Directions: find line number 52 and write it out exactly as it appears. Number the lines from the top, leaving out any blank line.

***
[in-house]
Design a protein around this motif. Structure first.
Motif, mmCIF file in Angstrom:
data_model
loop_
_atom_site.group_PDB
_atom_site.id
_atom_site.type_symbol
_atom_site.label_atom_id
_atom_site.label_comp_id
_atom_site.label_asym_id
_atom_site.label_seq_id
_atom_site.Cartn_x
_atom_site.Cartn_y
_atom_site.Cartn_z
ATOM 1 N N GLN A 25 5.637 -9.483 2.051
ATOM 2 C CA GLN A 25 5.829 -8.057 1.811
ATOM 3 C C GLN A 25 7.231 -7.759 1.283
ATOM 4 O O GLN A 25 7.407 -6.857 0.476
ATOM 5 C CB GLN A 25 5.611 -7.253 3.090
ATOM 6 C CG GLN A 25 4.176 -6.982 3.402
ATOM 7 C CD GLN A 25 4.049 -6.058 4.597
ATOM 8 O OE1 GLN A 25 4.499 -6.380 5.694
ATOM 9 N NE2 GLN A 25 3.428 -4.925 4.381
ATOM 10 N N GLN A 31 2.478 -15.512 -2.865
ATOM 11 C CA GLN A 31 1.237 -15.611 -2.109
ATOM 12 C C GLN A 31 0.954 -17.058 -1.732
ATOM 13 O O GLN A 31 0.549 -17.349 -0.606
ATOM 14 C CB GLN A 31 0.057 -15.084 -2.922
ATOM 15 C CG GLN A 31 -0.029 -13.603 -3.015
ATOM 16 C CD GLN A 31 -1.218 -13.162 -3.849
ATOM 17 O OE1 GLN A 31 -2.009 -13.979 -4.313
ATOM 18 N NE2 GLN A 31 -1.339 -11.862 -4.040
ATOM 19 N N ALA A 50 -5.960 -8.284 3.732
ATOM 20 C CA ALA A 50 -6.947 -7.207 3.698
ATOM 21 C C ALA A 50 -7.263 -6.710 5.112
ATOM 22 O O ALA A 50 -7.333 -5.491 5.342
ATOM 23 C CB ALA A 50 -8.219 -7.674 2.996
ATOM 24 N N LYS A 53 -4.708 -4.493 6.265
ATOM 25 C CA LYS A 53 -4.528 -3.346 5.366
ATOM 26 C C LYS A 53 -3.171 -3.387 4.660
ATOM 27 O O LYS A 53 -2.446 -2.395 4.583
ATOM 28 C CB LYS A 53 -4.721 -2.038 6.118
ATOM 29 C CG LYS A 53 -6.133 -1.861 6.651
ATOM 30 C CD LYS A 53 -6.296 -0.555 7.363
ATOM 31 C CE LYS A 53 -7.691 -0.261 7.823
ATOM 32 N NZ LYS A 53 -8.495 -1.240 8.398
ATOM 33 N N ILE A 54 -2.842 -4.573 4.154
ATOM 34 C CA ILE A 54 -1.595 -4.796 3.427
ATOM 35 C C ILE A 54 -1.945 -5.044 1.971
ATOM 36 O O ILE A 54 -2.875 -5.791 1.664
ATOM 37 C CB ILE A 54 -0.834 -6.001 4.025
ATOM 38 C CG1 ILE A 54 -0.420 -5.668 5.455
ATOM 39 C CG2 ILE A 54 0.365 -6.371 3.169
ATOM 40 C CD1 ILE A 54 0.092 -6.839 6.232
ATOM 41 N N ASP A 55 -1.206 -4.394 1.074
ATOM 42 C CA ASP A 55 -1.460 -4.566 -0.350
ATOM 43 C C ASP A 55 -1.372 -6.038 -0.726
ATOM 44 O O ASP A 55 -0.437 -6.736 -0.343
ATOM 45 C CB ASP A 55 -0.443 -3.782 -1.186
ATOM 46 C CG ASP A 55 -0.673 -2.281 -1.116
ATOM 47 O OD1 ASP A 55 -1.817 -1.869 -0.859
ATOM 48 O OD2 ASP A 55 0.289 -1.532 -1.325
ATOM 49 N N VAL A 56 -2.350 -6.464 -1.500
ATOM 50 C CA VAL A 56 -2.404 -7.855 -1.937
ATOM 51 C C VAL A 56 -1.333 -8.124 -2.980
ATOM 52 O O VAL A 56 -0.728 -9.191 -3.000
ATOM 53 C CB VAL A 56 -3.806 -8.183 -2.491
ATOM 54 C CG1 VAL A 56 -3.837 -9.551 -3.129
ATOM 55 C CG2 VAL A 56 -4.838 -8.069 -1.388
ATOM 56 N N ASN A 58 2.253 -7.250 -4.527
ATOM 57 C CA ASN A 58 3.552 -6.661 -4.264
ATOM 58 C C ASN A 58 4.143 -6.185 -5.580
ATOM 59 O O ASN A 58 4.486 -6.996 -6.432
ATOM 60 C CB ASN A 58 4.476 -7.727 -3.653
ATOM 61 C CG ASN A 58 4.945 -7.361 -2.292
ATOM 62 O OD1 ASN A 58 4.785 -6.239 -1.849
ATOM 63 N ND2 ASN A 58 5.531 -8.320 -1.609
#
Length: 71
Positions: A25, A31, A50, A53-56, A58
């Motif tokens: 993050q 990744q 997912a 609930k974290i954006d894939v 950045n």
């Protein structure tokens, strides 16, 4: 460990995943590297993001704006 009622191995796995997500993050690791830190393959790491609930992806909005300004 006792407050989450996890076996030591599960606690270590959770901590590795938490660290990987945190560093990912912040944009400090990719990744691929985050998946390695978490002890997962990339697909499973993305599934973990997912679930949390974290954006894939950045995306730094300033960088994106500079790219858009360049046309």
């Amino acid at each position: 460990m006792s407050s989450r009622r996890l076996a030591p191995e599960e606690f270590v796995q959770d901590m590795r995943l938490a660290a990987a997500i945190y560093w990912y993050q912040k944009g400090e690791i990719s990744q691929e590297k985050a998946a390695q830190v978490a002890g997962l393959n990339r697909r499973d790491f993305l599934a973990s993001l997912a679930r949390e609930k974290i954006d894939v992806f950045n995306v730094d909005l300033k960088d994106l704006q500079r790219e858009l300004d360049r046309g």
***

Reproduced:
ATOM 37 C CB ILE A 54 -0.834 -6.001 4.025